Field 3: Size The size field is a positive integer that describes

    the number of bytes transferred for this record. A value of zero is legal, the result of which is I/O subsystem dependent. Although the majority of records are anticipated to be modulo 512, this constraint is not required. There is no upper limit on this field, other than the restriction that sum of the address and size fields must be less than or equal to the capacity of the ASU.


     Field 4: Opcode The opcode field is a single, case insensitive character that defines the direction of the transfer. There are two possible values for this field:

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     SPC Trace File Format Specification

     1. 2.

     ??R?? (or ??r??) indicates a read operation. This implies data transfer from the ASU to the host computer. ??W?? (or ??w??) indicates a write operation. This implies data transfer to the ASU from the host computer


     Field 5: Timestamp The timestamp field is a positive real number representing the offset in seconds for this I/O from the start of the trace. The format of this field is ??s.d??, where ??s?? represents the integer portion, and ??d?? represents the fractional portion of the timestamp. Both the integer and fractional parts of the field must be present. The value of this field must be greater than or equal to all preceding records, and less than or equal to all succeeding records. The first record need not have a value of ??0.0??.


     Field 6 (through n): Optional field(s) Since there will undoubtedly be large amounts of additional information that is present in the raw captured data, and since this information may well be worthy of detailed analysis, the provision for optional fields exists in the SPC trace files. The content of any optional field is not defined by this document, since the meaning and content may change from one trace to another. Moreover, the purpose of this document is to allow the creation of a standard suite of analysis programs, and the presence (and implied absence) of optional fields negates the concept of standardization. Nonetheless, optional fields may be added to the each record in the trace file by the simple expedient of inserting a field separator (comma), followed by the field. If there is more than one field to be added, then each field must be separated from the preceding field by the comma field separator. Optional fields need not be present on every record of the trace file. Moreover, the number of optional fields may change within a single trace file. Standard analysis programs should be written so that the presence, absence, and number of optional fields will not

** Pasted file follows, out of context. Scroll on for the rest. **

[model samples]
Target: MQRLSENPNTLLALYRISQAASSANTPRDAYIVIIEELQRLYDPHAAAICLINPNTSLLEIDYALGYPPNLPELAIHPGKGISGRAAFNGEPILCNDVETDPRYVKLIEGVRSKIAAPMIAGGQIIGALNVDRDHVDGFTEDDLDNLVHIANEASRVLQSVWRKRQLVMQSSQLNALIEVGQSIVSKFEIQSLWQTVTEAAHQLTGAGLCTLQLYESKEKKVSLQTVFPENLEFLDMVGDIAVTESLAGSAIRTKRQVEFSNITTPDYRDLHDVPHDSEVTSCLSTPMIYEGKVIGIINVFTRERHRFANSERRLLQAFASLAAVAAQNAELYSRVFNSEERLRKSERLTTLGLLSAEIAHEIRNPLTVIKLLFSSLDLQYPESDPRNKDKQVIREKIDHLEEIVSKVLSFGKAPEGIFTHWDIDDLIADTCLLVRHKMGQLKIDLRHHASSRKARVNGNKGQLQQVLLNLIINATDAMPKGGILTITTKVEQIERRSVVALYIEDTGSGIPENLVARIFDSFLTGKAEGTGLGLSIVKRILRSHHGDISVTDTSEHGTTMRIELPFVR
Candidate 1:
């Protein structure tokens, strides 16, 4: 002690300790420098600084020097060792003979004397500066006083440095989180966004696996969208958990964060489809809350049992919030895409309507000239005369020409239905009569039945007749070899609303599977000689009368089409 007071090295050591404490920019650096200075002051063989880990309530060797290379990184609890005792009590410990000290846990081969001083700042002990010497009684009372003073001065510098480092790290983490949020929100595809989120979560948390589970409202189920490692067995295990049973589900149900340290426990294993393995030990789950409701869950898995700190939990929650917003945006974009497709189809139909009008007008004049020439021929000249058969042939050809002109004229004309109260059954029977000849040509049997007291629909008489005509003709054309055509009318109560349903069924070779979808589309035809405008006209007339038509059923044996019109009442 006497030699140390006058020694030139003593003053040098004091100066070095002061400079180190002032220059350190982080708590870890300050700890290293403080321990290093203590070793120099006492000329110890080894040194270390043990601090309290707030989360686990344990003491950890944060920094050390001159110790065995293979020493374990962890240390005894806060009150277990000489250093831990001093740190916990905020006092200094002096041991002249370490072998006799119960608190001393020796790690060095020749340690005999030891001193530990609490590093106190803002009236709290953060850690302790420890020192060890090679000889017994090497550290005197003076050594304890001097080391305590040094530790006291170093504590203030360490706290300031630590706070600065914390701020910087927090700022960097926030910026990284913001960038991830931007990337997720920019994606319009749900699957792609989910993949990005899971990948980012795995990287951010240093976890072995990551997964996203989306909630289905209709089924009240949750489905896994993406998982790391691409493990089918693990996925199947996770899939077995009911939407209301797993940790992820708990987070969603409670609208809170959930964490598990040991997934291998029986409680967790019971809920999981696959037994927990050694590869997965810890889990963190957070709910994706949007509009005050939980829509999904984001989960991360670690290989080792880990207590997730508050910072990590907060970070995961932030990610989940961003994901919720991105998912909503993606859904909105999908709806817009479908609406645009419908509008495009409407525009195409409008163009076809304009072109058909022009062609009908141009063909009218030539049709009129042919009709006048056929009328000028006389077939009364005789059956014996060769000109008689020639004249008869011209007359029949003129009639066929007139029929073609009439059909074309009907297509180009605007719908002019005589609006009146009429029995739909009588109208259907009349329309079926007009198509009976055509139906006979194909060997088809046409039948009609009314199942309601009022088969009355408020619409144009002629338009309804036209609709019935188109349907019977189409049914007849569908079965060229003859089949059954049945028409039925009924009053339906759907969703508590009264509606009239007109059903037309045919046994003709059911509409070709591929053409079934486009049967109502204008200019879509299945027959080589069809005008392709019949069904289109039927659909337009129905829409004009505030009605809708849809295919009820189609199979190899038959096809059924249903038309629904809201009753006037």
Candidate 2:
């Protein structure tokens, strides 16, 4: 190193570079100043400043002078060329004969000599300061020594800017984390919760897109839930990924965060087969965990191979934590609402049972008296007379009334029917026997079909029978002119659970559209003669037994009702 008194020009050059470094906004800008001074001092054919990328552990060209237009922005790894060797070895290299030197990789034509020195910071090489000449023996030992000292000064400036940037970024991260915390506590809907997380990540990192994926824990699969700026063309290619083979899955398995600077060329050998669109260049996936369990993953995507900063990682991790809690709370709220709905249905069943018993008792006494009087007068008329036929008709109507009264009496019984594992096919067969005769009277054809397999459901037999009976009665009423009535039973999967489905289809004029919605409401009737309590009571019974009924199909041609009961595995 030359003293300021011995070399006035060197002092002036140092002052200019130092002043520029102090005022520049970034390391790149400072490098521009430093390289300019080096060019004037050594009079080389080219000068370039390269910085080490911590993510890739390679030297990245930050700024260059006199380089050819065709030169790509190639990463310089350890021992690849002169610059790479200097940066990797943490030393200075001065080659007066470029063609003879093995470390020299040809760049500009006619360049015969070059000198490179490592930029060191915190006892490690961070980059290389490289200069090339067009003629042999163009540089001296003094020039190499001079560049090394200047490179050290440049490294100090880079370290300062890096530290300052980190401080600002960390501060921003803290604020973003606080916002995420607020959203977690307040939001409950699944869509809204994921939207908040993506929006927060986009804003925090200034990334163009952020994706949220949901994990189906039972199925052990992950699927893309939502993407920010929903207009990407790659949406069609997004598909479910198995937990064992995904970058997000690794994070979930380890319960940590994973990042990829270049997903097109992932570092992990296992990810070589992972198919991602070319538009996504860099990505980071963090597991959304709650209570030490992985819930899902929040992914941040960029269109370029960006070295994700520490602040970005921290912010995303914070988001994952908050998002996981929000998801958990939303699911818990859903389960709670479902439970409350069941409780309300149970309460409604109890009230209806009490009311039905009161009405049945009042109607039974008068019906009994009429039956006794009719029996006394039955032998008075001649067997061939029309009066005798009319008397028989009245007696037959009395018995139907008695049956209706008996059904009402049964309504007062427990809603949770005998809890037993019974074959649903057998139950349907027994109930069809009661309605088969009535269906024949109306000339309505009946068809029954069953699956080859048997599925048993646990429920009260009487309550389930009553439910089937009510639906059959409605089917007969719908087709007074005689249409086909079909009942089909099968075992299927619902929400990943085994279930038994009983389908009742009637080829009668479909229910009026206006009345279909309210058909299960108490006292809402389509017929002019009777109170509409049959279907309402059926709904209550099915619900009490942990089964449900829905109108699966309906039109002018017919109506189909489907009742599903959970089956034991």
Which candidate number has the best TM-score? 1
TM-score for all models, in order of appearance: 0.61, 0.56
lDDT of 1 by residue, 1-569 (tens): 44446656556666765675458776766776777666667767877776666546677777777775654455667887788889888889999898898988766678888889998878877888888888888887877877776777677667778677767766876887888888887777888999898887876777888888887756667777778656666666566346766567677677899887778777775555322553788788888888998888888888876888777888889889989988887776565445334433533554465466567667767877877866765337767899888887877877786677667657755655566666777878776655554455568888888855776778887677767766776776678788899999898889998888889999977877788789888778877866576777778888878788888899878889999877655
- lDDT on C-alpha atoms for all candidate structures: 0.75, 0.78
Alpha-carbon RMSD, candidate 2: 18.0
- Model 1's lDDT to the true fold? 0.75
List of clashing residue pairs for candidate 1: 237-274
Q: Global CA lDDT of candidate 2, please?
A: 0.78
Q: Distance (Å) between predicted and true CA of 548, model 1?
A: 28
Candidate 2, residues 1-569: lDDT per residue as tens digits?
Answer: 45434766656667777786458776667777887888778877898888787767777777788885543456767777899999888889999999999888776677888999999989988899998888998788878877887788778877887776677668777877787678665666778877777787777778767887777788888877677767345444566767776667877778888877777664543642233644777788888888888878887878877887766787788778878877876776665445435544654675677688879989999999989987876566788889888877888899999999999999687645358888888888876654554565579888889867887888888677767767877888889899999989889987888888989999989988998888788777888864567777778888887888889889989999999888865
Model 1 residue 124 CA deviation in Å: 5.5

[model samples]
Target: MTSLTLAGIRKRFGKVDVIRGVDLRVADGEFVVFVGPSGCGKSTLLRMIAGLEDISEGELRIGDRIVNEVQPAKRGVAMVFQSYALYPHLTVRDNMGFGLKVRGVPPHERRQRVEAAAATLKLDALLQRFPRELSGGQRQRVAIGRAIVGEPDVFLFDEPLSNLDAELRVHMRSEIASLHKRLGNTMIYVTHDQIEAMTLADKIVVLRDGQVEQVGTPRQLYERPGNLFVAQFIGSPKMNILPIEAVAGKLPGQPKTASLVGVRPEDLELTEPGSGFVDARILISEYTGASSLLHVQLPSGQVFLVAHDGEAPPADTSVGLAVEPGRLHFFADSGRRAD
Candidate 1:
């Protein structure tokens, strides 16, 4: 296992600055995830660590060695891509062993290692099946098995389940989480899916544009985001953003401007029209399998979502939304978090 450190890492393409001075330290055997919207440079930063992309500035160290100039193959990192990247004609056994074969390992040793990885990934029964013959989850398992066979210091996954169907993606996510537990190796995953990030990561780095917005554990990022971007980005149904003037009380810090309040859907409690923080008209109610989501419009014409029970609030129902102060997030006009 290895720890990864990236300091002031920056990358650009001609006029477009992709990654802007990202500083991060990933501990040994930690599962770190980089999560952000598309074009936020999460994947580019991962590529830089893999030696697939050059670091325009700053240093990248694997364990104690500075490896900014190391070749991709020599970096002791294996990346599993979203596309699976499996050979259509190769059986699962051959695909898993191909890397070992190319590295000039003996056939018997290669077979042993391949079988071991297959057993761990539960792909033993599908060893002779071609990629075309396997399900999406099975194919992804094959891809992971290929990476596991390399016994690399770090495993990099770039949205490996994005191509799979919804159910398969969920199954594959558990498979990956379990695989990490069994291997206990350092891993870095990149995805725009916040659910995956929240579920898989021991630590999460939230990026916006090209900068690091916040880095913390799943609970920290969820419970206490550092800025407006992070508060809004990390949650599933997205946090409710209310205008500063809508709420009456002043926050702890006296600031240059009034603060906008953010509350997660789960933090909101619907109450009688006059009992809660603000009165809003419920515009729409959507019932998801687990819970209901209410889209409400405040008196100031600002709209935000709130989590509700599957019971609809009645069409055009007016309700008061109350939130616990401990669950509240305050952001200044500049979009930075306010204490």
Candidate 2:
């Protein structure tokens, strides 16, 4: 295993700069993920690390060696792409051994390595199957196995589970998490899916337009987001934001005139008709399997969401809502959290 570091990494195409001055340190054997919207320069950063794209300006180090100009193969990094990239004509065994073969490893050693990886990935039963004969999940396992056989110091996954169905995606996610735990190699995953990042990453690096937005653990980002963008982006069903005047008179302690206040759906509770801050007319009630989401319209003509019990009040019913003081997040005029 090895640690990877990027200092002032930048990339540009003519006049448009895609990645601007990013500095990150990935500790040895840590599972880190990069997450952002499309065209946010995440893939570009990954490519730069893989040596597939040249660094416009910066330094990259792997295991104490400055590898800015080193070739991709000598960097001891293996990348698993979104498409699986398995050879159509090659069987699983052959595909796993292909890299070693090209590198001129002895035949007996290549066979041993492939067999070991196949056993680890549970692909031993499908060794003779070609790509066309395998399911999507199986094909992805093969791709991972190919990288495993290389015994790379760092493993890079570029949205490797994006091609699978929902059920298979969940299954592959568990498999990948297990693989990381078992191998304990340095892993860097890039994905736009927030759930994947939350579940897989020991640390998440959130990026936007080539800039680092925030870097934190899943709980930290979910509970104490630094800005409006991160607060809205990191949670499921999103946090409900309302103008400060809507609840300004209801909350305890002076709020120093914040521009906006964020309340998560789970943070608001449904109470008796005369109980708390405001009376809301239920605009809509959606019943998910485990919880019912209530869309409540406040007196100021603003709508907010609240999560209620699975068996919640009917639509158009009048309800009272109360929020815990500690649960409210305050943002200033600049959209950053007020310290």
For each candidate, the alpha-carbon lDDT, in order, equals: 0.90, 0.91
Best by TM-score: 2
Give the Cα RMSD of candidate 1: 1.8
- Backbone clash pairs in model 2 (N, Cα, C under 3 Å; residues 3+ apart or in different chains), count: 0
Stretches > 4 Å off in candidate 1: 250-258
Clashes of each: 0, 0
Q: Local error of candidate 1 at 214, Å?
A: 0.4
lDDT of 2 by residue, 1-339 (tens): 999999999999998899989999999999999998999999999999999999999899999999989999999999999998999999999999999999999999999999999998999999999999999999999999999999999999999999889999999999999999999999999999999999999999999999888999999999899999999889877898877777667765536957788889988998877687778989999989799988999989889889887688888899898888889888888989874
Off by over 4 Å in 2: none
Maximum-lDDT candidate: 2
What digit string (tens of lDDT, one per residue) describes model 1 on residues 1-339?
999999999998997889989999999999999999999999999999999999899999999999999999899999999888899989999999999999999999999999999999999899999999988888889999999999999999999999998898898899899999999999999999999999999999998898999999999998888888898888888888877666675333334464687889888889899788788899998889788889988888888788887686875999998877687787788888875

impact their function.



     The following is an example of the first few record of a trace file: 0,20941264,8192,W,0.551706,Alpha/NT 0,20939840,8192,W,0.554041 0,20939808,8192,W,0.556202

    1,3436288,15872,W,1.250720,0x123,5.99,test 1,3435888,512,W,1.609859 1,3435889,512,W,1.634761 0,7695360,4096,R,2.346628

    1,10274472,4096,R,2.436645 2,30862016,4096,W,2 448003

    2,30845544,4096,W,2.449733 1,10356592,4096,W,2.449733 The first record occurs 0.551706 seconds after the start of the trace file, and is for ASU 0. The operation is to write 8,192 bytes of data to block 20,941,264. Note the optional field that has been added to the end of the first record.

     SPC Trace File Format Specification

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     The second I/O occurs 0.002335 seconds later (0.554041 seconds into the trace), and is an 8,192 byte write to block 20,939,840 of ASU 0. The first I/O to ASU 1 occurs at the fourth record (1.25072 seconds into the trace), and is a write of 15,872 bytes to block 3,436,288. Note that this record has three optional fields, none of which is defined in this document. Finally, note that the last two records in this example have an identical time stamp of 2.449733. This may be due to the commands in question being issued at exactly the same time from different host computers, or may be simply a case of poor resolution in the data capture routines.

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     SPC Trace File Format Specification